And yet, the dehumanizing treatment of foreign refugees doesn’t end once they have crossed over into Poland, Hungary, and Romania. Border towns refuse to provide them with water, food, and blankets, and shops are only willing to sell supplies to Ukrainian nationals. In Romania, Africans have given accounts of being held up at gunpoint by armed civilians and told to leave. In Poland, Africans and Indians are being attacked by right-wing groups, or they’re being rounded up by police and sent to detention centers in Estonia, Austria, and Poland.
Am l the only one who is dumbfounded at the kind of world we live in, where it’s apparently ok to hunt down people as if they’re the tributes of Panem – all for being darker-skinned?
Recent Racial Discrimination in Ukraine Has Systemic Roots
What people may not know is that even prior to the war, Ukraine has had a long history of institutionalized racism toward non-white foreigners.
My husband Solomon was subjected to multiple acts of racial injustice during his sojourn in Kyiv from 2002 to 2004. He and other black people were frequently arrested by police for no reason and placed in holding cells for hours at a time. Solomon once said that he never knew if a short walk to the supermarket would end up with him getting a free ride in the back of a divvy van. Similarly, the police would patrol the markets, where Solomon owned two shops, and intimidate him and other black sellers with a regular and thorough inspection of their papers. On one occasion, Solomon narrowly avoided being sent to prison by a policeman, who tried to claim that his passport was fake. One such kinsmen was not so fortunate and Solomon later found out that the young man had died whilst incarcerated. A particularly painful memory for Solomon was finding out that one of his closest African friends had been stabbed to death by right-wing extremists at a bus stop.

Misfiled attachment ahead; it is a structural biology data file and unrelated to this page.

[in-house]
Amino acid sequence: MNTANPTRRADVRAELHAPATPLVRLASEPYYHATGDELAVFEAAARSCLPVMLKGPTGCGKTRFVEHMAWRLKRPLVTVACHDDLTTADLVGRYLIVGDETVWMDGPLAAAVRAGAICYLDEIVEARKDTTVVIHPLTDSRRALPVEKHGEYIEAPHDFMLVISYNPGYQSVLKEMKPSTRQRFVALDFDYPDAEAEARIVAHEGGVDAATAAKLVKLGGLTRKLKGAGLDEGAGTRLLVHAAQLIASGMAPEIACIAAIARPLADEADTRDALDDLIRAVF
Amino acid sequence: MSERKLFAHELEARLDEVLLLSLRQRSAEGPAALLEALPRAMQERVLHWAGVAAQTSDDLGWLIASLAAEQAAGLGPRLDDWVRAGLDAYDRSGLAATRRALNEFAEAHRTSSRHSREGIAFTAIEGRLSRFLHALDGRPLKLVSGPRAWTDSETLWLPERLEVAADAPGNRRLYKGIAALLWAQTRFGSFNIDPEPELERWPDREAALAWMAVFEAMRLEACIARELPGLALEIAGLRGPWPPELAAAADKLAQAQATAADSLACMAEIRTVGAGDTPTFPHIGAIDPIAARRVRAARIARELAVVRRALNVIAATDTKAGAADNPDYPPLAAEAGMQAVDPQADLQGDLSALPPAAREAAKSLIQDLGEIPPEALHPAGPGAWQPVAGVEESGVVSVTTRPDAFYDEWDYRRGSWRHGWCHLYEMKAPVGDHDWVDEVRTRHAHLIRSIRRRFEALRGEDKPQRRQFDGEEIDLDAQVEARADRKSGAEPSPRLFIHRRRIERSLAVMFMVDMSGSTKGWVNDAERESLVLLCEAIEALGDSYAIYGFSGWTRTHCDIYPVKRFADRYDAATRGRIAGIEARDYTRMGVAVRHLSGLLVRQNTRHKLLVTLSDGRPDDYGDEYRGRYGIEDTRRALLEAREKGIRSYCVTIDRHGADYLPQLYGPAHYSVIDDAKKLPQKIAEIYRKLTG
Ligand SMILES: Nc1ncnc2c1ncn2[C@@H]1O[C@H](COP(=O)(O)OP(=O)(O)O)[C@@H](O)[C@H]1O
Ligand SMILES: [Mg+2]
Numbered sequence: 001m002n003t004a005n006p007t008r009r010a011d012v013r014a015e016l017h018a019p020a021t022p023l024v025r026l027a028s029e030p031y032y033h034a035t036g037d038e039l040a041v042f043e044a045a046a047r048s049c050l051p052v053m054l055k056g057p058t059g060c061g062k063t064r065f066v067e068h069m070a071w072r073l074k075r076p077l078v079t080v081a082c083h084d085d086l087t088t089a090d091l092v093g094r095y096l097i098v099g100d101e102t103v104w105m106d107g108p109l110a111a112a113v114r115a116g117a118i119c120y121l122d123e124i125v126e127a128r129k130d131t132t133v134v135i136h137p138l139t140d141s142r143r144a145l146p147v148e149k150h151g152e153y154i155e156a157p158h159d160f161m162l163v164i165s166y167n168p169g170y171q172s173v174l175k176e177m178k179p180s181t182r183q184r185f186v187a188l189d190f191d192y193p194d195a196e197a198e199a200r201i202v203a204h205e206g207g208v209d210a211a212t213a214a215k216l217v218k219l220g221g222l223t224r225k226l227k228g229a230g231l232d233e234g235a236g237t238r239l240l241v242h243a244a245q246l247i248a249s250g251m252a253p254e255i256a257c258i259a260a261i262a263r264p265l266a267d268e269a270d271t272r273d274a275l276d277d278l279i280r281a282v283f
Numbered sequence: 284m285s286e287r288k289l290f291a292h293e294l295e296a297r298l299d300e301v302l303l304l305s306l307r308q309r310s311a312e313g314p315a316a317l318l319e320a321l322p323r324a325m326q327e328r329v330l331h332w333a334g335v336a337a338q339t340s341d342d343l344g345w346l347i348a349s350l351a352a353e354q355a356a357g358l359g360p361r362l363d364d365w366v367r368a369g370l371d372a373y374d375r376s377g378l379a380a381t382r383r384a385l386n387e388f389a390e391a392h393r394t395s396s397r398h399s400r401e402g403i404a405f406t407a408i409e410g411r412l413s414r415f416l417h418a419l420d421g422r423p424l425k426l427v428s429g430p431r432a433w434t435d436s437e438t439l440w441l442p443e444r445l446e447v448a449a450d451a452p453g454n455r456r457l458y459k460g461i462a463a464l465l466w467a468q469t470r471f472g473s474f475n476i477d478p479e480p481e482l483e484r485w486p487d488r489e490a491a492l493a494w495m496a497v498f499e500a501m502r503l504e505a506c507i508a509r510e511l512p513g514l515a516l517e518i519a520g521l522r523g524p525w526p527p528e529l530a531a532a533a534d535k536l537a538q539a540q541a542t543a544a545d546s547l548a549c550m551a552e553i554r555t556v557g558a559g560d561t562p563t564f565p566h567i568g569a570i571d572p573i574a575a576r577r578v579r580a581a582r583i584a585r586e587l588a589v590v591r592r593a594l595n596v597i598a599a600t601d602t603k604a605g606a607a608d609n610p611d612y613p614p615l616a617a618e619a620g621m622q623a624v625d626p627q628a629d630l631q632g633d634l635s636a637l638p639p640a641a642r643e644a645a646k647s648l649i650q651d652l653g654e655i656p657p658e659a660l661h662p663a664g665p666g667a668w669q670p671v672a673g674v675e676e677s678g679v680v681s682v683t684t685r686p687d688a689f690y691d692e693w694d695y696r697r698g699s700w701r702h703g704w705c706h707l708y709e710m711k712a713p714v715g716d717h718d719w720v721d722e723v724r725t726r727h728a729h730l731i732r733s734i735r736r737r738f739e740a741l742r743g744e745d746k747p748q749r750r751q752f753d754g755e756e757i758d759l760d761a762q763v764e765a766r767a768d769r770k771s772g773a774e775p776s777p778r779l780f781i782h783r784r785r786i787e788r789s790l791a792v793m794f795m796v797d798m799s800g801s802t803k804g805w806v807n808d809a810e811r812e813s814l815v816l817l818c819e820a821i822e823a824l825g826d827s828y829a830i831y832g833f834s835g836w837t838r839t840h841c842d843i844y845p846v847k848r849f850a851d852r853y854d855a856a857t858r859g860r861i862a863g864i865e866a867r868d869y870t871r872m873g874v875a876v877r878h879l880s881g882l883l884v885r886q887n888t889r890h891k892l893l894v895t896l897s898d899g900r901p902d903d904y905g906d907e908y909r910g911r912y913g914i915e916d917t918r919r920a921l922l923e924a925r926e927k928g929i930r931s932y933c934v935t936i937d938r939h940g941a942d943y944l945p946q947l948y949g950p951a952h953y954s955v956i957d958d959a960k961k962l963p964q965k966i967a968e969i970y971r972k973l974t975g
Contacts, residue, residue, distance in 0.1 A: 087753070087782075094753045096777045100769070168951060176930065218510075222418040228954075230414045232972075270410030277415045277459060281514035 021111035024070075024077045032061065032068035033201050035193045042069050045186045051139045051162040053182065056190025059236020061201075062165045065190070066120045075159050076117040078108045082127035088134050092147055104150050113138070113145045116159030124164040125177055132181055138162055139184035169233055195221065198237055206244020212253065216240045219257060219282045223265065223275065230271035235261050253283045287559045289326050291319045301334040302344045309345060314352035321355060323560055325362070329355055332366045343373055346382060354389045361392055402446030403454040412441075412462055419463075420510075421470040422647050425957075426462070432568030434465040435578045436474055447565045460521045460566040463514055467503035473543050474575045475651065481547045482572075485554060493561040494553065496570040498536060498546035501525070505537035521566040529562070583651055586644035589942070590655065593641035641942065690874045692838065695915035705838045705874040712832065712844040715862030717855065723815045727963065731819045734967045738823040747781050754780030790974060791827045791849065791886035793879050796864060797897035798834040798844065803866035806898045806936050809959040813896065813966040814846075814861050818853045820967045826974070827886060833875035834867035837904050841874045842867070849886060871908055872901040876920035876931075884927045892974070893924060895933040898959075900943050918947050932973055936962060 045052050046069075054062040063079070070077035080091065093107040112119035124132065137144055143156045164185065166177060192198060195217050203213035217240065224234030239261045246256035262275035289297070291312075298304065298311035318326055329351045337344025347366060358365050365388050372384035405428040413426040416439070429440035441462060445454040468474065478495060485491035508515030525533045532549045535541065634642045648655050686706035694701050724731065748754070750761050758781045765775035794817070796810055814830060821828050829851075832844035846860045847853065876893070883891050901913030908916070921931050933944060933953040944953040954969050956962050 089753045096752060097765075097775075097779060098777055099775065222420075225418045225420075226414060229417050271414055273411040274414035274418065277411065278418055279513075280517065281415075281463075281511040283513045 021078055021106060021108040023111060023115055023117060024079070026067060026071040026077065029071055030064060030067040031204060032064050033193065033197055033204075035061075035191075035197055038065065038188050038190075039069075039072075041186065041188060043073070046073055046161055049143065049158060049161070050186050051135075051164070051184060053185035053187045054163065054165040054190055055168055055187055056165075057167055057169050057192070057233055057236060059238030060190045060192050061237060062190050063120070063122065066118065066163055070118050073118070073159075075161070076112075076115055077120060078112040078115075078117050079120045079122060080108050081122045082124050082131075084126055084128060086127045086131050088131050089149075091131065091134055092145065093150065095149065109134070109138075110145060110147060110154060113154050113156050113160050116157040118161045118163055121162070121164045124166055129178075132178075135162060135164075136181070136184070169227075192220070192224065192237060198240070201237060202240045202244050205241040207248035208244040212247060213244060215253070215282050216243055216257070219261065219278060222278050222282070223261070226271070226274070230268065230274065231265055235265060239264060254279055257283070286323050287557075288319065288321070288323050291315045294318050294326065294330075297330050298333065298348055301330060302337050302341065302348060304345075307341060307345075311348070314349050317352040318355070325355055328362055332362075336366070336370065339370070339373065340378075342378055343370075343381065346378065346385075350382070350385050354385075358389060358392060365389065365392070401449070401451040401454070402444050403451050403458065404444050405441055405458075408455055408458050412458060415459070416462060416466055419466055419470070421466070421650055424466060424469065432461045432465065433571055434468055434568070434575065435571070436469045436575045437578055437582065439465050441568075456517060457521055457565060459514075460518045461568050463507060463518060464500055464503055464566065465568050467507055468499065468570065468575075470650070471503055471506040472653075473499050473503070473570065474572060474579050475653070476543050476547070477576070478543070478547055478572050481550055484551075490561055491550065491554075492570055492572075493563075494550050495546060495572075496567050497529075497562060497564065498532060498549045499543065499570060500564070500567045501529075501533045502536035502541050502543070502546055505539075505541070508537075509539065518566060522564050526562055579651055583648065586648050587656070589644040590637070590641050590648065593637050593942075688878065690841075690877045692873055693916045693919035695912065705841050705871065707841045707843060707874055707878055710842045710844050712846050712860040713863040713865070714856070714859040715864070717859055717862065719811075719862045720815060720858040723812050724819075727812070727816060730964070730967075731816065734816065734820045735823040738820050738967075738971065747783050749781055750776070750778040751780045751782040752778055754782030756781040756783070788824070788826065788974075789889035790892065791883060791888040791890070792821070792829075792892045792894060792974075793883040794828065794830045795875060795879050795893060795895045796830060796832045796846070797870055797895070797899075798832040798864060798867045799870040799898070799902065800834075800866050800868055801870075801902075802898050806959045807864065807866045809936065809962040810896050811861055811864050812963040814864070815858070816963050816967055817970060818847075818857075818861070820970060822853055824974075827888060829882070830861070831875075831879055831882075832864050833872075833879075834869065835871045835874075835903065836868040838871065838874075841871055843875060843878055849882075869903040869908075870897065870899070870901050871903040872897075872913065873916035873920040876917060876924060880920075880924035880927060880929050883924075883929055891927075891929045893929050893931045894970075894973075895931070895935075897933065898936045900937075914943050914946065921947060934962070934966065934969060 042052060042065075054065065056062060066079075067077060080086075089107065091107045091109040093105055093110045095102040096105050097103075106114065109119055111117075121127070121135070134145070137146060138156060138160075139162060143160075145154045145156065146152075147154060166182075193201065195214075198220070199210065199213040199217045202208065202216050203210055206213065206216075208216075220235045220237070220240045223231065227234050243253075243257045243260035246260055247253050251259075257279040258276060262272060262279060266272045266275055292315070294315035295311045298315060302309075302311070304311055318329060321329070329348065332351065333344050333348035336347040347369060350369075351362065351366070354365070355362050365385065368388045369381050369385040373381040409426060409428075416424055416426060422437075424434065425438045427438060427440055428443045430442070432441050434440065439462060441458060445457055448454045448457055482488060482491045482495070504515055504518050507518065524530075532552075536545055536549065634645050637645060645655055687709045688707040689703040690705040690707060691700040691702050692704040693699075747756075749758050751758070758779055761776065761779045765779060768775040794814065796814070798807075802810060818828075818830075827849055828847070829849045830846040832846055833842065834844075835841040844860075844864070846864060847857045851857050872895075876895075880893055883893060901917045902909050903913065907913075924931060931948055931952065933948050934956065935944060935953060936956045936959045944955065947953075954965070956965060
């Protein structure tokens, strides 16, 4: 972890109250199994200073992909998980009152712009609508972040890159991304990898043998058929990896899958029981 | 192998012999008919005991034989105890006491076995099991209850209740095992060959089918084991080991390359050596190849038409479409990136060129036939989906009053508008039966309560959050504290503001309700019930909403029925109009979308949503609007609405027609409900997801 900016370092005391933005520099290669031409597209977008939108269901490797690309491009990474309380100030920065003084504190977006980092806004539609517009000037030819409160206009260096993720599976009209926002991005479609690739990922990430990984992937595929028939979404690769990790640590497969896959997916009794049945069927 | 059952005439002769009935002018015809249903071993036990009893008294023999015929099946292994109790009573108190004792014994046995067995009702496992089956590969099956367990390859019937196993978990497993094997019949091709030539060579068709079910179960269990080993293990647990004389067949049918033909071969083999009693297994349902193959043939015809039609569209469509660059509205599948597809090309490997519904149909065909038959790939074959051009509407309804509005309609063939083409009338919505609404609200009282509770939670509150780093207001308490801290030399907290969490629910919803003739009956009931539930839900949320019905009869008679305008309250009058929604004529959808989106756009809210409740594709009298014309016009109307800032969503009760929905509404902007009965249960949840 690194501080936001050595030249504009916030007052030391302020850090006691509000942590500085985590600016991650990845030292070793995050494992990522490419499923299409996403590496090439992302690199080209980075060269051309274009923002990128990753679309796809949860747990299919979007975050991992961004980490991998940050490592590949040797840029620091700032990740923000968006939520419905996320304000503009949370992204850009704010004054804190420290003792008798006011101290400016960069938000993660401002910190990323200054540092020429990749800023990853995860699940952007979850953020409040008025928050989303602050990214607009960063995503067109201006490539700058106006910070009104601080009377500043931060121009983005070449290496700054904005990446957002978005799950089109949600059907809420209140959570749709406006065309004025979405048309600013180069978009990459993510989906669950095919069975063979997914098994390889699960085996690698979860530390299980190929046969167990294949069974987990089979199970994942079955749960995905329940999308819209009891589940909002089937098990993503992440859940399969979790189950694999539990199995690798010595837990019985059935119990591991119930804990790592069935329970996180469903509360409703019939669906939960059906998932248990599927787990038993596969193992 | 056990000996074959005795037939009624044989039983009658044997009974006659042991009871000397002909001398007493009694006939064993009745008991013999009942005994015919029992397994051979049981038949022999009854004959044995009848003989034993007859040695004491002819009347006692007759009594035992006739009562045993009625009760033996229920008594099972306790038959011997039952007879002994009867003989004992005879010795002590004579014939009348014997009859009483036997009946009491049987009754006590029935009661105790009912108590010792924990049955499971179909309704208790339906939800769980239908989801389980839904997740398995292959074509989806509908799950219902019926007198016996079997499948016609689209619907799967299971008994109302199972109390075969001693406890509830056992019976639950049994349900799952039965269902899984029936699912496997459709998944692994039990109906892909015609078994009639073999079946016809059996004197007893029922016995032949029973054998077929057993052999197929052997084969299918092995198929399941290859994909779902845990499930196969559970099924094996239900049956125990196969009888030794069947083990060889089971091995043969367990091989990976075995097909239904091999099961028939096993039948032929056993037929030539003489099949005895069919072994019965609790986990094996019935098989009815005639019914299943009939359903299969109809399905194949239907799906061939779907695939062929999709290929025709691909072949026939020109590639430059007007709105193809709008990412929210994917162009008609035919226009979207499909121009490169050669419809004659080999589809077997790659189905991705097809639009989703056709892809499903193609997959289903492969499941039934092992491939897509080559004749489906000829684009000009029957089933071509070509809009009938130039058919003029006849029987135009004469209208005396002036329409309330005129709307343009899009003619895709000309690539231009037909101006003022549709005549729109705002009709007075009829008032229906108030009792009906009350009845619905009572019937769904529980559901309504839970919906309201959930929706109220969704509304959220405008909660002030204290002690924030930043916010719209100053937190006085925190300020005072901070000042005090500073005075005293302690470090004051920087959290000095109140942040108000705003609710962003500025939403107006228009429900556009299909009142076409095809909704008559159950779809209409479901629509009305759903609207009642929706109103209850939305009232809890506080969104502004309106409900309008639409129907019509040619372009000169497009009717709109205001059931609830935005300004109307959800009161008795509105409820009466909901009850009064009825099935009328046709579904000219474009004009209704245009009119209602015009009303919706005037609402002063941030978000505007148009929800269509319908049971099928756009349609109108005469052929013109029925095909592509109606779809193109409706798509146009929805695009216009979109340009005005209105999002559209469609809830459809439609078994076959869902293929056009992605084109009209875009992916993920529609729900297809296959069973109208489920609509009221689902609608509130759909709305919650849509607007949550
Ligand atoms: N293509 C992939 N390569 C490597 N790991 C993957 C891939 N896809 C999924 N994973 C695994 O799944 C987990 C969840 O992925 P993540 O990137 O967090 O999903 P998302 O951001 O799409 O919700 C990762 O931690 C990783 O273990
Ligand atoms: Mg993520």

I too, bore witness to racist acts when l visited Kyiv with my husband in 2017. We were detained at Boryspil airport by the Ukrainian military, who aggressively refused Solomon entry into Kyiv because he had a Nigerian passport. They then confiscated said passport and disappeared into a back room with it. Although l too, am black, my British passport was grudgingly accepted after much deliberation and a lightning round of brusque questioning. However, l was gruffly commanded to pass through into the next control area without my husband, which was illustrated by a soldier pointing an AK-47 rifle in the direction l was to go. Since that was a bad idea in my opinion, l stood my ground and argued back – guns and threats be da**ed – until the soldiers handed Solomon back his passport and let us pass through.
We had the pleasure of repeating the same procedure on our departure out of Ukraine, only this time we had to endure a tirade of passengers throwing insults at us in Ukrainian and Russian for holding them up.
The fact that the Russian invasion doesn’t cancel racist culture comes as no surprise to my husband, nor the many Africans, Asians, and Arabs who still live in Ukraine. However, it is saddening, as a person from Congo admitted in an interview.
“Good” vs “Bad” Refugees